dragmetohellVerdict: A nostalgic trip of fright and fun
Grade: A

CHRISTINE: Here, kitty, kitty….

Christine Brown (Alison Lohman) is a loan officer, looking to score a big promotion. By chance, she ends up serving the clearly sick Mrs. Ganush (Lorna River), who has just been served papers by the bank to repossess her house. Despite having promised to try and give the feeble old woman more time, Christine can do nothing to prevent this. So Mrs. Ganush curses her, and as unexplainable events begin to happen, she finds out she has three days to save herself before she is literally dragged to hell.

Drag Me to Hell returns legendary cult director Sam Raimi back to the genre that first brought him fame, and the results are simply spectacular, enough to make you wonder why he ever left the genre in the first place.

The film is simply a riot from start to finish. Anyone who ever liked The Evil Dead is in for a real treat with Drag Me to Hell. This is 1980’s horror brought back from the dead, and served as ice cold as it gets. The film is unrelenting in its terrifying moments, and gradually becomes more horrific as it goes along. There are some genuinely frightening scenes at play here, but just as many hilarious scenes at the same time. All of them are played exactly as anyone who knows Raimi’s early work would expect — as ridiculous and ludicrous as you would never expect. The film practically one ups itself at every turn, offering one gruesome gag after the other, really pushing the PG-13 rating out much further than anyone could have imagined. But much like its Evil Dead trilogy brethren, the film never borders on being gratuitous. Anyone expecting to see a Saw clone will be greatly disappointed by the film’s slapstick, cheap scare style.

Obvious homages aside, the film plays itself out with the many Raimi touches fans have come to appreciate, from the moving stationary objects to the whiplashing camera (although two Raimi mainstays are suspiciously missing: Bruce Campbell and Raimi’s brother, Ted). The frantic camera angles are consistent from the opening scene, right until the final frame. It feels tightly bound, and right on the directive of Raimi’s earlier films. Coming off the Spider-Man trilogy, it would have been an easy mistake to make this film more in line with contemporary horror films. But Raimi wisely stuck to a tried and true formula, and its greatness shows in how absurdly entertaining it quickly becomes.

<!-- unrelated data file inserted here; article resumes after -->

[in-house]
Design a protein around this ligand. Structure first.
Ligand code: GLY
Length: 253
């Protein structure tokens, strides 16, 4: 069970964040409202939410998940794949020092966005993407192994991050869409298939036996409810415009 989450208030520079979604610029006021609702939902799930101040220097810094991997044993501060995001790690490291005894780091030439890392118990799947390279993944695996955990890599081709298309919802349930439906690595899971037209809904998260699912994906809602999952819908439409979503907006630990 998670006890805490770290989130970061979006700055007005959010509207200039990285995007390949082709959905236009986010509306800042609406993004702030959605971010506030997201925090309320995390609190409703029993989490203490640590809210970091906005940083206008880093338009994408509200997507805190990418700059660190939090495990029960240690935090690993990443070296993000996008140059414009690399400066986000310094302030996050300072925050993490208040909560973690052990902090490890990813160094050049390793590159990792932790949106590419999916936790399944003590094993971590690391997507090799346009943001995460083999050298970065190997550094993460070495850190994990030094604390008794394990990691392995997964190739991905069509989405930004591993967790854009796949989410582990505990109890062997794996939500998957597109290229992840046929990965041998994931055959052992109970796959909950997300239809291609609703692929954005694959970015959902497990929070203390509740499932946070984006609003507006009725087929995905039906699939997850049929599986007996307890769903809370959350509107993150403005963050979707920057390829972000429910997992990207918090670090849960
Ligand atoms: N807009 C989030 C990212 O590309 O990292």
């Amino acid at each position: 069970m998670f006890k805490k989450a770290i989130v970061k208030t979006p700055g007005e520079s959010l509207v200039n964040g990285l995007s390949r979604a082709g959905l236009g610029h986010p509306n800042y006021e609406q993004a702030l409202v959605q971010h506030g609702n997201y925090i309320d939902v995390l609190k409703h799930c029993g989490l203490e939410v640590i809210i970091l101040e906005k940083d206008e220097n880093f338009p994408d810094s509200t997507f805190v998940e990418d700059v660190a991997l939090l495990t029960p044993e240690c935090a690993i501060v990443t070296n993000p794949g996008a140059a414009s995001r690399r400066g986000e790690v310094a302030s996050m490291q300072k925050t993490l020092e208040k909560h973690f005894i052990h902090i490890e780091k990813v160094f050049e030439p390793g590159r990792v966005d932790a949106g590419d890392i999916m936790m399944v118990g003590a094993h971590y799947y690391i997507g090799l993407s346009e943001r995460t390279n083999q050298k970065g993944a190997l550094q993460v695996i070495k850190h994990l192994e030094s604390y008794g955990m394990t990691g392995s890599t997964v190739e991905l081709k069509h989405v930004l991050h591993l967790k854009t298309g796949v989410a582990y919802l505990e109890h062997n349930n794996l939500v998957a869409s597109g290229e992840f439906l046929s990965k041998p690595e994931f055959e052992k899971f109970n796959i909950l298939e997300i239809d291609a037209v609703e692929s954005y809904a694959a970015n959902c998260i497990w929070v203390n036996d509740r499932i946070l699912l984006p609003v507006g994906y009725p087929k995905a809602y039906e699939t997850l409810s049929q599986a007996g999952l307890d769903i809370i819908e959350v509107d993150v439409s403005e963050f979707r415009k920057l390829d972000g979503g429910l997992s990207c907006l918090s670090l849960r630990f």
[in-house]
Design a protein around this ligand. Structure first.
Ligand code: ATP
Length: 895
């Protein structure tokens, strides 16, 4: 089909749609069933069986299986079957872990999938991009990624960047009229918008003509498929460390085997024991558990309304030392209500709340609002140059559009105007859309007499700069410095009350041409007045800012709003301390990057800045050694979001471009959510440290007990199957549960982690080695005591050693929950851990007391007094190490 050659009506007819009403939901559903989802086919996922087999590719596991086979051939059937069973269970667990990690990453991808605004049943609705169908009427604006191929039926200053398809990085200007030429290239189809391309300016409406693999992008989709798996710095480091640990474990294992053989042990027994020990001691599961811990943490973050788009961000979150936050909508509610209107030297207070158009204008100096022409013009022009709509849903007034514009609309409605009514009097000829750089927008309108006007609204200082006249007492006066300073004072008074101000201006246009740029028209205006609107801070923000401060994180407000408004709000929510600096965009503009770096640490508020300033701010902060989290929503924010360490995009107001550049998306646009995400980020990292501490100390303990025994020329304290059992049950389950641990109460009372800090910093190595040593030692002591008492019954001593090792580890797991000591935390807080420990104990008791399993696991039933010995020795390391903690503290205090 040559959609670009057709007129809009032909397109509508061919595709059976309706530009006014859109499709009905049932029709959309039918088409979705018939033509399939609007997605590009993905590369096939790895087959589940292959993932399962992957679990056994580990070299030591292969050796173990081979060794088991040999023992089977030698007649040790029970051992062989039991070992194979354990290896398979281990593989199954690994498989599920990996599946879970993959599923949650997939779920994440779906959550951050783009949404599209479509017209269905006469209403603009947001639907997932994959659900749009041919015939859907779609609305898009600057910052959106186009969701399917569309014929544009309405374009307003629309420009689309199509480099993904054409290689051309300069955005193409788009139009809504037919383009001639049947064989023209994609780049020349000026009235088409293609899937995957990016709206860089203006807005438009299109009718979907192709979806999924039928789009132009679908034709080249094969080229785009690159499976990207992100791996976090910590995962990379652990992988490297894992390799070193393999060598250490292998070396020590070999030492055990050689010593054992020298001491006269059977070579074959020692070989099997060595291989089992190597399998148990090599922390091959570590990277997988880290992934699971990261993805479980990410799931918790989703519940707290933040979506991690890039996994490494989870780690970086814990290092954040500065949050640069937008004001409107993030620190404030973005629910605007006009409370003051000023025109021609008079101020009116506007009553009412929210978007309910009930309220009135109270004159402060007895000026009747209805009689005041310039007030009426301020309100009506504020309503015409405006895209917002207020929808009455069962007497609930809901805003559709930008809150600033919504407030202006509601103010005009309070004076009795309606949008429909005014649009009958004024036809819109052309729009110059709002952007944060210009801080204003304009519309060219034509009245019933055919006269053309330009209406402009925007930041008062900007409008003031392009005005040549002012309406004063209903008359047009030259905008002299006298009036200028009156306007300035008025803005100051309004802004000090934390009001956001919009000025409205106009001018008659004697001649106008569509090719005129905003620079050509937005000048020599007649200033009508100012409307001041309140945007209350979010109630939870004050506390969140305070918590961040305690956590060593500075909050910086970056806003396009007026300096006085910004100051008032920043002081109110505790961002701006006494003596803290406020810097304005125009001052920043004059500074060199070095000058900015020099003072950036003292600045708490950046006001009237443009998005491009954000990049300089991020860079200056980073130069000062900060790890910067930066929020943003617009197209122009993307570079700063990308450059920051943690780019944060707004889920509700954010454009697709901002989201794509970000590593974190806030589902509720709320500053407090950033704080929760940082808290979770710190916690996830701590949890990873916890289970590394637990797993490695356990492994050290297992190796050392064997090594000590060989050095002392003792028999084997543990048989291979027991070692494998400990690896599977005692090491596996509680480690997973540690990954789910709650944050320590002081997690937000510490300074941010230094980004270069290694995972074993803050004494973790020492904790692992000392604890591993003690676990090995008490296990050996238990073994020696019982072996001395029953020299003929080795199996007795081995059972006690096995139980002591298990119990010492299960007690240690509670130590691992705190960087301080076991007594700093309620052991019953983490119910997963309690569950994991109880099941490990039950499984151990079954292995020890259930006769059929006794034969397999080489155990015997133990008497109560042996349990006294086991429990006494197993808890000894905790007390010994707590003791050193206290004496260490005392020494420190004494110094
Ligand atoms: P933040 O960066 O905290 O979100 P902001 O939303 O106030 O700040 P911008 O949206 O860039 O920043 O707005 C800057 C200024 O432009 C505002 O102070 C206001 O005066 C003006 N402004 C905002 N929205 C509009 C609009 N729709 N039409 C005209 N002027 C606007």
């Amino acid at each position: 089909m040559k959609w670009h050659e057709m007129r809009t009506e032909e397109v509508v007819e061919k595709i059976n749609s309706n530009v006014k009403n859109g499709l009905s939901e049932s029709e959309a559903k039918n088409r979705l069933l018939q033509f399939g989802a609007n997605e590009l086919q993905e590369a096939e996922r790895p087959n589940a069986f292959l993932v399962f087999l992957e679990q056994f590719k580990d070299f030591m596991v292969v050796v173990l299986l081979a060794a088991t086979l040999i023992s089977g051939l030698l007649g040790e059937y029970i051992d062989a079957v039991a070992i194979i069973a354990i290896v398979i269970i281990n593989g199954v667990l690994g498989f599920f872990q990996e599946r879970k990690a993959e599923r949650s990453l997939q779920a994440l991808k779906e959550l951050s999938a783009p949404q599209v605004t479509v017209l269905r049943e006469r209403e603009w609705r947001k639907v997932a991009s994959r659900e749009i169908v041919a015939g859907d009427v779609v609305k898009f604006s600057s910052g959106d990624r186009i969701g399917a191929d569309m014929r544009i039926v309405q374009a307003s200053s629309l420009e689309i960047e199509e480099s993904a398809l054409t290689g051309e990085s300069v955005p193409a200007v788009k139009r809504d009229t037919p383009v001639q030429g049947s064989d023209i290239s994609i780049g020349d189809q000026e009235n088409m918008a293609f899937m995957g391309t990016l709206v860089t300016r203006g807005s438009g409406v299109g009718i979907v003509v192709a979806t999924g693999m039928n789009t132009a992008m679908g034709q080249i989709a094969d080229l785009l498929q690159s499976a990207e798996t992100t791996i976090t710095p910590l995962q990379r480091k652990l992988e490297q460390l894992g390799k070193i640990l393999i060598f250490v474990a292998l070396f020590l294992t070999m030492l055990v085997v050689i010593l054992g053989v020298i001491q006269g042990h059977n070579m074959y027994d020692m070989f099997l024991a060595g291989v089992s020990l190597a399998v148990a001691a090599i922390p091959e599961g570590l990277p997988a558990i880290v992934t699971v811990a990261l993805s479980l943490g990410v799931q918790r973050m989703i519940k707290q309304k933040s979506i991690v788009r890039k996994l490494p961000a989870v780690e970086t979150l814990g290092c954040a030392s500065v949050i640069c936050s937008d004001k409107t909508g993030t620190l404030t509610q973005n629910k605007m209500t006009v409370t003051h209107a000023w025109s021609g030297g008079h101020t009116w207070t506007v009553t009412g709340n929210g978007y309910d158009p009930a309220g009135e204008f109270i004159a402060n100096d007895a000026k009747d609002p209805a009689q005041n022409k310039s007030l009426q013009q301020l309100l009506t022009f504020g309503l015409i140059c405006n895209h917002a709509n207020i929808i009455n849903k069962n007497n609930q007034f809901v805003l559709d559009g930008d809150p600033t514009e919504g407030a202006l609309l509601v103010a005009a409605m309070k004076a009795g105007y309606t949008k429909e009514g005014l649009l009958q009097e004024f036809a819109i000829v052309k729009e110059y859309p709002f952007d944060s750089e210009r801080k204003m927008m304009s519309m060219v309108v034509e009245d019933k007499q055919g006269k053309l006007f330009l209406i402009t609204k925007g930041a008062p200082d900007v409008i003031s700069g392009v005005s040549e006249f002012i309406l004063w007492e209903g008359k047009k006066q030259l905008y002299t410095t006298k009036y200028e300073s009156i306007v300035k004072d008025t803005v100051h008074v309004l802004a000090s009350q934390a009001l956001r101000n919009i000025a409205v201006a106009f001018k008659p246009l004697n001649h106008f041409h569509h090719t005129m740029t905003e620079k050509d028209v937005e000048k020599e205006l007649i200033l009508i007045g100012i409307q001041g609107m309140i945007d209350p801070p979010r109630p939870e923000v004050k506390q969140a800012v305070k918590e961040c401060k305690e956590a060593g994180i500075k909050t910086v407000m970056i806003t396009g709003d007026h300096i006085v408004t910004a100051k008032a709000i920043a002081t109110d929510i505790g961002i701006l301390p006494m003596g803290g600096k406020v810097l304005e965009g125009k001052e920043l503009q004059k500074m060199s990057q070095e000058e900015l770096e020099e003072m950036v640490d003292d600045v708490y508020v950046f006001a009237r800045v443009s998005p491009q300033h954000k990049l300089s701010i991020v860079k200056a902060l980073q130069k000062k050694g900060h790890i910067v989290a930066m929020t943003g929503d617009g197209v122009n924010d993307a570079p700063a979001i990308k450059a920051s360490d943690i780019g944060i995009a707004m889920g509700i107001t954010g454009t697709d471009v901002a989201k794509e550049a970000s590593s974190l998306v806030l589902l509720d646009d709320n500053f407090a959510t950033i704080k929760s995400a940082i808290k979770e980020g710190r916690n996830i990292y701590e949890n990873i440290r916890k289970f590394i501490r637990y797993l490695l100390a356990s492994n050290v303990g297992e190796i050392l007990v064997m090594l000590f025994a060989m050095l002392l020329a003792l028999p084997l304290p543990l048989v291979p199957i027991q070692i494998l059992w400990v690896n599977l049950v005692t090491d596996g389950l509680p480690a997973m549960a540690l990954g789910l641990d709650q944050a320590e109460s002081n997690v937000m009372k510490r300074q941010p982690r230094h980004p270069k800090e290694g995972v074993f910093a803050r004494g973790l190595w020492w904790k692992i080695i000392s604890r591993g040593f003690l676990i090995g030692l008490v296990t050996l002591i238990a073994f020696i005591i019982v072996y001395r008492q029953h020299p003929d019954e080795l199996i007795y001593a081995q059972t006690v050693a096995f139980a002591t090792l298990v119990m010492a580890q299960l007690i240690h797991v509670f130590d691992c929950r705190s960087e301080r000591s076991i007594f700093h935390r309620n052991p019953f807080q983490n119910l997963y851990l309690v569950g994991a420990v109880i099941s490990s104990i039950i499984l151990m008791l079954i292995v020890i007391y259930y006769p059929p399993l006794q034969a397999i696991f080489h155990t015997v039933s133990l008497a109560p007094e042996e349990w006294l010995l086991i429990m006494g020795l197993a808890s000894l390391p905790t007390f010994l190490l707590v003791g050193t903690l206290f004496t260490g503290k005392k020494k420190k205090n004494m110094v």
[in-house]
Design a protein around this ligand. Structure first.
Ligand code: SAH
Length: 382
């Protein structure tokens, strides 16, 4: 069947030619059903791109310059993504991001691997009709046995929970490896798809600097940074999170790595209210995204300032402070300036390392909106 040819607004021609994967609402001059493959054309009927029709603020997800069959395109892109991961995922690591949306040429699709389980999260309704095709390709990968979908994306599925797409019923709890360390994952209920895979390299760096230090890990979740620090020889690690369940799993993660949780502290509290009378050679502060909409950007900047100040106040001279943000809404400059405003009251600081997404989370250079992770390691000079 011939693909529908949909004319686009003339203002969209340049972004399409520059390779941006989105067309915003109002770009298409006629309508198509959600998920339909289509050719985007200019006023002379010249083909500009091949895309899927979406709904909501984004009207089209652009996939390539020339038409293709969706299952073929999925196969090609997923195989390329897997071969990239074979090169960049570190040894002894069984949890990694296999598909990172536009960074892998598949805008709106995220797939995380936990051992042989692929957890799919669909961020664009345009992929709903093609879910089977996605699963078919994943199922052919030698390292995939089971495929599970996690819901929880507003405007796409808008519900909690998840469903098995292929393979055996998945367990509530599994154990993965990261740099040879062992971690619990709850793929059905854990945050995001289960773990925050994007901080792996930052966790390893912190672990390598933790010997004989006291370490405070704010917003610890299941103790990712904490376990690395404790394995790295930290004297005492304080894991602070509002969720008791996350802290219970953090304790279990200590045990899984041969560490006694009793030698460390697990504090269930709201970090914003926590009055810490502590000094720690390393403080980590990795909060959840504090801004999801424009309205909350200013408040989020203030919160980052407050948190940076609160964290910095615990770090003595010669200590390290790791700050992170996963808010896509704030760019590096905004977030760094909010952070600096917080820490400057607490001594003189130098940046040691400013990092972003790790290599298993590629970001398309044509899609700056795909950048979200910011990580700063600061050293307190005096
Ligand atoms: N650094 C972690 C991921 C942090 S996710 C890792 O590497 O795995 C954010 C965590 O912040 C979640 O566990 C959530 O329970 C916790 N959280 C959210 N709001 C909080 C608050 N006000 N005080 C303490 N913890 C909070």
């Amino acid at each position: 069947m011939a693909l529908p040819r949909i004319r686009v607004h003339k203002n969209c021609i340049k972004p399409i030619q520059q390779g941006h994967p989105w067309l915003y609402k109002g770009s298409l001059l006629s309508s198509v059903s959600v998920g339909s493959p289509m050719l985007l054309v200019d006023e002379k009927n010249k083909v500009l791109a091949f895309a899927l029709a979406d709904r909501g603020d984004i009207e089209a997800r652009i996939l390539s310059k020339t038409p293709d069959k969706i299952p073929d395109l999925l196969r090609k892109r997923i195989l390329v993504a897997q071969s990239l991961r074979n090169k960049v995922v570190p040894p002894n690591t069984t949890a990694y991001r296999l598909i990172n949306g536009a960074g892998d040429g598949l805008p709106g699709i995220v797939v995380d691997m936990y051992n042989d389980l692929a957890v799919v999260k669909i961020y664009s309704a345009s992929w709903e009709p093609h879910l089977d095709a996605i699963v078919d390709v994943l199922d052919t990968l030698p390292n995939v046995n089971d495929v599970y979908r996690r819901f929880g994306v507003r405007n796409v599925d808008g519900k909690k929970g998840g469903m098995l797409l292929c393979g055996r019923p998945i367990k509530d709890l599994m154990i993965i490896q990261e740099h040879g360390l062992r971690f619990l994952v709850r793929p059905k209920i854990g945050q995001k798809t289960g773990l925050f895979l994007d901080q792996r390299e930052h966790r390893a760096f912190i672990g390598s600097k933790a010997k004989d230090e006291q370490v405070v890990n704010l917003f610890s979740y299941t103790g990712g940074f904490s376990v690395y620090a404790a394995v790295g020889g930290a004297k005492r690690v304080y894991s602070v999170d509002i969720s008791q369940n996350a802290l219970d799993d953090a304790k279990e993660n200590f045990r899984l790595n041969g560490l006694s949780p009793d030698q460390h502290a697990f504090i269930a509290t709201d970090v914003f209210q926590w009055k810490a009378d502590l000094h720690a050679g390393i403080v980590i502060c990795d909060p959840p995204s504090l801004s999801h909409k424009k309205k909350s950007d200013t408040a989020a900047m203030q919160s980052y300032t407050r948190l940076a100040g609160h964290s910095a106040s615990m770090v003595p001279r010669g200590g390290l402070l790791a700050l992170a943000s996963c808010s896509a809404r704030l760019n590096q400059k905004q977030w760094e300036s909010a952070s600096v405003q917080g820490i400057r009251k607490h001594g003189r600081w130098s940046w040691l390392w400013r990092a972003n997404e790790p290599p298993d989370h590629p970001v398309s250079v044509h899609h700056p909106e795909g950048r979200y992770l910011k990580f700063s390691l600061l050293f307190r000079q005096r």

The makeup (and puppet — !) effects are all well done, hearkening back to a time when cheap effects like these were a lot more common. However, the addition of CGI in certain scenes (especially during one particular “eye-popping” scare) just feels lazy on Raimi’s part. Why make the film look and feel so low budget, but then add in really needless effects? Yes, making them similar to Evil Dead’s would have looked even sillier, but at the same time, they stick out noticeably, like they should not be anywhere near this film. Some of them are so laughably bad that you may not notice them, but others totally take you out of the movie and feel useless.

Lohman, a much better choice for this character than the originally cast Ellen Page, delivers a fairly solid performance for someone who is given very little to do outside of scream, be tortured and be constantly looking to continue living her life. She has just the right amount of finesse and gravitas to make the role work without looking like she is deliberately attempting to be campy. She nails her most emotional scenes greatly, and never falters in the role. She just becomes zanier as the film goes on. She is not quite on par with the man himself, Bruce Campbell, but she does a more than adequate job filling his shoes. Justin Long, as her doctorate professor boyfriend, is given even less material to work with, but still manages to pull out some decent work. Wisely, he is given very few lines to be funny with, but the few he does have make for almost as much comedy as the film itself gives. Supporting turns from Dileep Rao, David Paymer, Adriana Barraza and especially Raver are all fairly well done, and work off Lohman quite well. They each get their moments to shine, and do wonderful jobs helping the movie to be as fun as it is.

In the end, if you go into it expecting something on the lines of The Evil Dead, then you will love Drag Me to Hell. It is a twistedly awesome return to form from Raimi, with few faults. It is obviously not perfect, but then a movie like this could never have been expected to be. Loaded with plenty of cheap scares and lots of laughs, could you really hope for anything better?


Drag Me to Hell (2009)
Written by: Sam Raimi and Ivan Raimi | Directed by: Sam Raimi
Starring: Alison Lohman, Lorna River, Justin Long, Dileep Rao, David Paymer, Adriana Barraza

About the author


David Baldwin is the Film Columnist at Geek Speak Magazine. He was raised on an unhealthy amount of 80s and 90s cinema, and somehow equally admires bloody action sagas and seminal teenage coming-of-age dramadies. If he is not talking about movies or TV shows, he's probably sleeping. Talk to him about the latest Oscar drama or schlocky horror film you watched on Twitter at @davemabaldwin.